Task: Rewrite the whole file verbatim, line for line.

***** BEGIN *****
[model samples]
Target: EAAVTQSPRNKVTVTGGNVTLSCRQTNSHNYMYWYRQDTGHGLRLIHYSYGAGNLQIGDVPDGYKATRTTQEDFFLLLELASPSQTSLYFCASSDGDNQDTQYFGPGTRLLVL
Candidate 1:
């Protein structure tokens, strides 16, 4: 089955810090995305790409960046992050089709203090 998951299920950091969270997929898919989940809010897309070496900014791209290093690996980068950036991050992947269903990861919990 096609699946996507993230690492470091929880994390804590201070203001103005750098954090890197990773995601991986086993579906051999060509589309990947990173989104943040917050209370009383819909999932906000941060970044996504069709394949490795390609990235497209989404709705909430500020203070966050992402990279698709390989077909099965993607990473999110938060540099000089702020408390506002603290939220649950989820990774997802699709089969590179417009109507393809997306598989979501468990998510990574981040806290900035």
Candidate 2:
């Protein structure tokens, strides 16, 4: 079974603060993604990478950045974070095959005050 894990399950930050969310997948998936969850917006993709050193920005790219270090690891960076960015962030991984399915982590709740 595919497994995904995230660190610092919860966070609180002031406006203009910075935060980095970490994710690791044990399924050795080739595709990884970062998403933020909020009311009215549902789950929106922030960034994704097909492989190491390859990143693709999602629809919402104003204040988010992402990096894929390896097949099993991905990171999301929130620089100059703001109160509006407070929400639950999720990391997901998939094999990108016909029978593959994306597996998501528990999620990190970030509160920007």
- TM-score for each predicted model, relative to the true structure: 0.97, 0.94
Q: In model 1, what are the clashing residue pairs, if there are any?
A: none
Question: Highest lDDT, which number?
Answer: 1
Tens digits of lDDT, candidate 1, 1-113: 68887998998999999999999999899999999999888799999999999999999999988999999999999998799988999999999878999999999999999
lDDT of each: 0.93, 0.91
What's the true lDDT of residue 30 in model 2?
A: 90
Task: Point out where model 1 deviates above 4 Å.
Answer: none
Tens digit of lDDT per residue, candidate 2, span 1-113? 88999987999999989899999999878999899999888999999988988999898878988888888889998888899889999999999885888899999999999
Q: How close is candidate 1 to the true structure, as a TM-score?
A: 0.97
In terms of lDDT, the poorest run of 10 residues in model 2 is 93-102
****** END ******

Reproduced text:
[model samples]
Target: EAAVTQSPRNKVTVTGGNVTLSCRQTNSHNYMYWYRQDTGHGLRLIHYSYGAGNLQIGDVPDGYKATRTTQEDFFLLLELASPSQTSLYFCASSDGDNQDTQYFGPGTRLLVL
Candidate 1:
């Protein structure tokens, strides 16, 4: 089955810090995305790409960046992050089709203090 998951299920950091969270997929898919989940809010897309070496900014791209290093690996980068950036991050992947269903990861919990 096609699946996507993230690492470091929880994390804590201070203001103005750098954090890197990773995601991986086993579906051999060509589309990947990173989104943040917050209370009383819909999932906000941060970044996504069709394949490795390609990235497209989404709705909430500020203070966050992402990279698709390989077909099965993607990473999110938060540099000089702020408390506002603290939220649950989820990774997802699709089969590179417009109507393809997306598989979501468990998510990574981040806290900035």
Candidate 2:
């Protein structure tokens, strides 16, 4: 079974603060993604990478950045974070095959005050 894990399950930050969310997948998936969850917006993709050193920005790219270090690891960076960015962030991984399915982590709740 595919497994995904995230660190610092919860966070609180002031406006203009910075935060980095970490994710690791044990399924050795080739595709990884970062998403933020909020009311009215549902789950929106922030960034994704097909492989190491390859990143693709999602629809919402104003204040988010992402990096894929390896097949099993991905990171999301929130620089100059703001109160509006407070929400639950999720990391997901998939094999990108016909029978593959994306597996998501528990999620990190970030509160920007």
- TM-score for each predicted model, relative to the true structure: 0.97, 0.94
Q: In model 1, what are the clashing residue pairs, if there are any?
A: none
Question: Highest lDDT, which number?
Answer: 1
Tens digits of lDDT, candidate 1, 1-113: 68887998998999999999999999899999999999888799999999999999999999988999999999999998799988999999999878999999999999999
lDDT of each: 0.93, 0.91
What's the true lDDT of residue 30 in model 2?
A: 90
Task: Point out where model 1 deviates above 4 Å.
Answer: none
Tens digit of lDDT per residue, candidate 2, span 1-113? 88999987999999989899999999878999899999888999999988988999898878988888888889998888899889999999999885888899999999999
Q: How close is candidate 1 to the true structure, as a TM-score?
A: 0.97
In terms of lDDT, the poorest run of 10 residues in model 2 is 93-102